Mr. White Owl: Tales of the Incomparable Jeff White, Founder of Surf n' Wear

Surf n’ Wear surf shop founder Jeff White (1938-2010) is remembered in the history of Santa Barbara surfing as a wise mentor with a golden heart whose steadfast support of local innovation in the craft of surfing elevated the careers and lives of many.
Jeff White glassing a White Owl board 1962
White glossing a board at the original White Owl Surf Shop in Summerland, 1962

White moved to Santa Barbara in 1956 from Hermosa Beach to study engineering at UCSB. He lived at Miramar, near Hammonds, where he earned the nickname “White Owl” when a friend saw him puffing on a White Owl cigar at a college party on Miramar Beach. During his time as a student, White worked as a lifeguard at Carpinteria State Beach and took up dory racing.

White surfing Hammonds in 1964
White surfing Hammonds in 1964

In a 2008 interview with local Santa Barbara surfer and filmmaker David Pu’u, White recounts getting his first surfboard at the age of 12 in 1951 in Venice Beach from shaper Bob Simmons. He and some friends bought some old World War II balsa life rafts in San Pedro and brought them to Simmons to shape for $5 a piece. The boards were about 8’ or so. White and his dad glassed the boards themselves at home. He bought his next surfboard a year later from Dale Velzy: a redwood board with a detachable fin.

Summerland White Owl shop in 1962
The Summerland White Owl shop in 1962 (Brian Bradley, Stan Veith, Jesse, Jeff White, and Steve Scofield)

In 1961, White set out to launch a boat-building business. He used a small business loan to rent shop space at 2320 Lillie Avenue in Summerland, next to Renny Yater’s shop. The space was attached to Shanty, a popular local burger joint. Instead, he enlisted Brian Bradley, and local Carpinteria grom surfer Stan Veith, to help him use the space to shape surfboard blanks. And so White Owl Surfboards was born, with the tagline “Fine surfboards by craftsmen who care.” Other local shapers soon joined the team, including Bruce Fowler, Curtis Jackson, Tom Rowland, Brian Bradley, and eventually Marc Andreini. By 1963, the name evolved to become just Owl Surfboards.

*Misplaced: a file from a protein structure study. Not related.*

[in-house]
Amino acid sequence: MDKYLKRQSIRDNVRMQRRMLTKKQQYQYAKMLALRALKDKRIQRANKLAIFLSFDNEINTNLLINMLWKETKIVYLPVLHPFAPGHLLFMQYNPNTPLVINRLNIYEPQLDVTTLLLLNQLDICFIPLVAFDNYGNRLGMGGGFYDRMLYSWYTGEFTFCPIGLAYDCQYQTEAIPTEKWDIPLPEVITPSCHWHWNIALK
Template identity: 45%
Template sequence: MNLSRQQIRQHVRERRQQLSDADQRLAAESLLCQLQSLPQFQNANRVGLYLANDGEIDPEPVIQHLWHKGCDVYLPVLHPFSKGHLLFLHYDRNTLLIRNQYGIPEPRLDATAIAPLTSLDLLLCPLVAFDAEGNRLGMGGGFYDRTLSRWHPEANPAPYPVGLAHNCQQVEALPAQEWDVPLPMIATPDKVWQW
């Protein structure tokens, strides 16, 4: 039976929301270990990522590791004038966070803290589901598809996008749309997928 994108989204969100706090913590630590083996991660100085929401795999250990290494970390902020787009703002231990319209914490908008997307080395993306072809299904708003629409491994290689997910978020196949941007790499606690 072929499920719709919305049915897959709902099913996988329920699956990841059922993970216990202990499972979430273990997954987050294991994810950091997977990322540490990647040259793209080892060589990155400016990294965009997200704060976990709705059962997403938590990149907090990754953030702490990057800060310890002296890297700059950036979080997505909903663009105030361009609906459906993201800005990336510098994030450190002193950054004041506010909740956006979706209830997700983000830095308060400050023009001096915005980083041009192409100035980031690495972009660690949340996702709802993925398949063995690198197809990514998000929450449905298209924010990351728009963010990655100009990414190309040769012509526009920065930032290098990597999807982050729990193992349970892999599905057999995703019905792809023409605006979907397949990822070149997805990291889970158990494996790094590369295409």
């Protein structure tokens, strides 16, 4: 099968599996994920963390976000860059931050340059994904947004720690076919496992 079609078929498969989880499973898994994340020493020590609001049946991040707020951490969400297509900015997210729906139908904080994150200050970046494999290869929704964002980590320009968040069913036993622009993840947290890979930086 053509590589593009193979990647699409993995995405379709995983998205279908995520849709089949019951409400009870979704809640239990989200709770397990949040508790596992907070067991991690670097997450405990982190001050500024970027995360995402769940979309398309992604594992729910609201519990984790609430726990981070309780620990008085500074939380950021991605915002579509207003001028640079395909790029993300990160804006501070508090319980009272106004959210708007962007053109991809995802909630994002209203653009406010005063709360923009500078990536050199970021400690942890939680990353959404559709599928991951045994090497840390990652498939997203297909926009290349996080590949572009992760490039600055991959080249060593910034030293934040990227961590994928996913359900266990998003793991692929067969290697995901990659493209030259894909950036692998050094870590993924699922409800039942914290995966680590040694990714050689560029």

In 1964, White opened a second Owl surfboard shop in Santa Cruz, California, at 24 Front Street. Veith moved up to Santa Cruz to run the shop, which began to sell more and more boards and rent boards for $5 a day. 

White Owl Surf Shop Summerland 1966
White Owl Surf Shop Summerland in 1966

Meanwhile, White expanded the Lillie Avenue shop to include surf apparel and wetsuits for sale. The shop grew as a hangout spot for young surfers from Carpinteria, Summerland, and Montecito. Local Hammond’s surfer Greg Tally tells a story about his mom dropping him off at the Owl shop as a kid, where he would hang out with other local surf groms, Peter and Marc Andreini. White taught the kids how to do ding repair and recruited them for an informal White Owl surf team. Marc Andreini recounts, “Jeff was so good to us... We were just little kids finding our way. But he took us in and made us a part of his deal. He really cared about people and about kids. When somebody has that kind of outlook on life, it makes things happen.”

Andreini in a White Owl contest at Stanley's in 1966

Marc Andreini surfing in a White Owl surf contest at Stanley's in 1966

In 1965, White made his next enterprising move in the local Santa Barbara surf scene when he founded a downtown surf shop named Surf n’ Wear on Carrillo Street, which focused on selling surf apparel and accessories as well as surfboards. By 1974, Jeff had opened Surf n’ Wear surf shops in San Luis Obispo, San Jose, and Goleta. Around this time, he asked Marc Andreini if he would shape boards under the Owl label.

In 1975, Roger Nance started working at the Goleta Surf n’ Wear shop and eventually became manager. Nance had moved to Santa Barbara from Santa Cruz to attend UCSB. He remembered White with admiration from the Santa Cruz shop. Nance and White formed a partnership in 1978, which led to the opening of new Surf n’ Wear shops in Thousand Oaks and Santa Maria. They also briefly partnered with Matt Moore of Rincon Designs to run a shop in Carpinteria. That same year, Nance and White kicked off the annual Rincon Classic surf contest. A few years later, all Surf n’ Wear shops except for the flagship downtown shop were sold.

Roger Nance Surf n' Wear downtown

Roger Nance at the Carrillo St. Surf n' Wear in the 1970s

In 1987, White and Nance seized on a timely opportunity to open another downtown store on the waterfront at 10 State Street. The stars aligned at this spot in 1991 with the return of Marc Andreini, who resumed shaping boards under the Owl surfboards label to sell in the new Surf n’ Wear’s Beach House location. By 1993, White and Nance had bought Williams’ share of the business and expanded the board room at the shop to sell Yater surfboards as well as some Bradbury boards. In 1999, Surf n' Wear's Beach House became the official Yater Surfboards showroom.

Jeff White boat racing 1980s

Jeff White soaking in the ocean air circa 1985

White’s love of swimming and ocean sports ultimately had a profound healing effect as White began to suffer from multiple sclerosis. With his characteristic positive and grateful spirit, White defied his physical limitations to swim in the ocean in front of his Carpinteria home every day. His love of community and the ocean lives on in the surfing history legacy he created through the simplest of things. As White recounted, “I really liked making surfboards. It wasn’t like going to work. It was like playtime. You liked the people you were surrounded with, you liked what you were doing. It’s a thrill to sell a surfboard.”

Owl Surfboards hat